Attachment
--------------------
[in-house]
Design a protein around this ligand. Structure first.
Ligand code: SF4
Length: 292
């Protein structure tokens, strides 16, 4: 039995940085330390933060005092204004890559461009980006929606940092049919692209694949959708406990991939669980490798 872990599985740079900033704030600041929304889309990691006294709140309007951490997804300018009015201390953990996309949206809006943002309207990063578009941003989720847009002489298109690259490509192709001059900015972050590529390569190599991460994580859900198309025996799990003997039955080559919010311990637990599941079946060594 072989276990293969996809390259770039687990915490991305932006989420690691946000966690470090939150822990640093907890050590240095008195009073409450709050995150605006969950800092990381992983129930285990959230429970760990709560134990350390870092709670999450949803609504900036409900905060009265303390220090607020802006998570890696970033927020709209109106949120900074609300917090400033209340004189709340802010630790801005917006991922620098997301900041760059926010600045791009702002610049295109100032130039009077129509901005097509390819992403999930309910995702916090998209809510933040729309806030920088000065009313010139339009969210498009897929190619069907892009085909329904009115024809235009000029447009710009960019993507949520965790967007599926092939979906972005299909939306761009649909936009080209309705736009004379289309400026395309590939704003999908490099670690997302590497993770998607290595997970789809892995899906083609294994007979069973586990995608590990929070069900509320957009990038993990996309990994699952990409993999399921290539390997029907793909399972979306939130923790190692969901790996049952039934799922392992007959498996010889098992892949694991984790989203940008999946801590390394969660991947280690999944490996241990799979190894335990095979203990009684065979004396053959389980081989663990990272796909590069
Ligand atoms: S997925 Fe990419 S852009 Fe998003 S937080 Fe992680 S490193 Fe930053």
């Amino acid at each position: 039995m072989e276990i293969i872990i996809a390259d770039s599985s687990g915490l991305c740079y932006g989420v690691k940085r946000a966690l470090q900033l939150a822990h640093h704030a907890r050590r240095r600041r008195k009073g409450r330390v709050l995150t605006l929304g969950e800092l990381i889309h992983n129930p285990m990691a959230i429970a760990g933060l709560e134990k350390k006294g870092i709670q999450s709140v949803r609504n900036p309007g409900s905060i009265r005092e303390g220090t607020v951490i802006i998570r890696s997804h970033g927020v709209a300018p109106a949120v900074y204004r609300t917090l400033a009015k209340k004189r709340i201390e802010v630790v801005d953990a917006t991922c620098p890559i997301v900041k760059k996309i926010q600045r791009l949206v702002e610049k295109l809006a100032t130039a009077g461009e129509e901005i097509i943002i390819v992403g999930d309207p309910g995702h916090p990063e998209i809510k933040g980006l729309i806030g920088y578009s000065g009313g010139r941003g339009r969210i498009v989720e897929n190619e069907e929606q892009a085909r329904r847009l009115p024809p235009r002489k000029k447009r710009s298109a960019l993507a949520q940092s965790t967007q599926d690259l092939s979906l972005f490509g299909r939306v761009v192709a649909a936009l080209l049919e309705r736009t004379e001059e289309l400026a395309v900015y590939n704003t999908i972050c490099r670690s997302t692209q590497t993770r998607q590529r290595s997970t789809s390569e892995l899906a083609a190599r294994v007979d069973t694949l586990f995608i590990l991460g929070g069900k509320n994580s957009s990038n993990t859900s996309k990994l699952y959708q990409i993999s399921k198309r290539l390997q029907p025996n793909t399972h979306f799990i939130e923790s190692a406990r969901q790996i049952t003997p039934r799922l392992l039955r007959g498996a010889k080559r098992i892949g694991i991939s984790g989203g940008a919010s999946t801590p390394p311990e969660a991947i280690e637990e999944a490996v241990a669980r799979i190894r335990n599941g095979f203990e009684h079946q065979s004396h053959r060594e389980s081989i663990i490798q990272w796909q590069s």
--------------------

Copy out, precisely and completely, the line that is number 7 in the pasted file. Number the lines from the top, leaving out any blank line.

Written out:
């Amino acid at each position: 039995m072989e276990i293969i872990i996809a390259d770039s599985s687990g915490l991305c740079y932006g989420v690691k940085r946000a966690l470090q900033l939150a822990h640093h704030a907890r050590r240095r600041r008195k009073g409450r330390v709050l995150t605006l929304g969950e800092l990381i889309h992983n129930p285990m990691a959230i429970a760990g933060l709560e134990k350390k006294g870092i709670q999450s709140v949803r609504n900036p309007g409900s905060i009265r005092e303390g220090t607020v951490i802006i998570r890696s997804h970033g927020v709209a300018p109106a949120v900074y204004r609300t917090l400033a009015k209340k004189r709340i201390e802010v630790v801005d953990a917006t991922c620098p890559i997301v900041k760059k996309i926010q600045r791009l949206v702002e610049k295109l809006a100032t130039a009077g461009e129509e901005i097509i943002i390819v992403g999930d309207p309910g995702h916090p990063e998209i809510k933040g980006l729309i806030g920088y578009s000065g009313g010139r941003g339009r969210i498009v989720e897929n190619e069907e929606q892009a085909r329904r847009l009115p024809p235009r002489k000029k447009r710009s298109a960019l993507a949520q940092s965790t967007q599926d690259l092939s979906l972005f490509g299909r939306v761009v192709a649909a936009l080209l049919e309705r736009t004379e001059e289309l400026a395309v900015y590939n704003t999908i972050c490099r670690s997302t692209q590497t993770r998607q590529r290595s997970t789809s390569e892995l899906a083609a190599r294994v007979d069973t694949l586990f995608i590990l991460g929070g069900k509320n994580s957009s990038n993990t859900s996309k990994l699952y959708q990409i993999s399921k198309r290539l390997q029907p025996n793909t399972h979306f799990i939130e923790s190692a406990r969901q790996i049952t003997p039934r799922l392992l039955r007959g498996a010889k080559r098992i892949g694991i991939s984790g989203g940008a919010s999946t801590p390394p311990e969660a991947i280690e637990e999944a490996v241990a669980r799979i190894r335990n599941g095979f203990e009684h079946q065979s004396h053959r060594e389980s081989i663990i490798q990272w796909q590069s």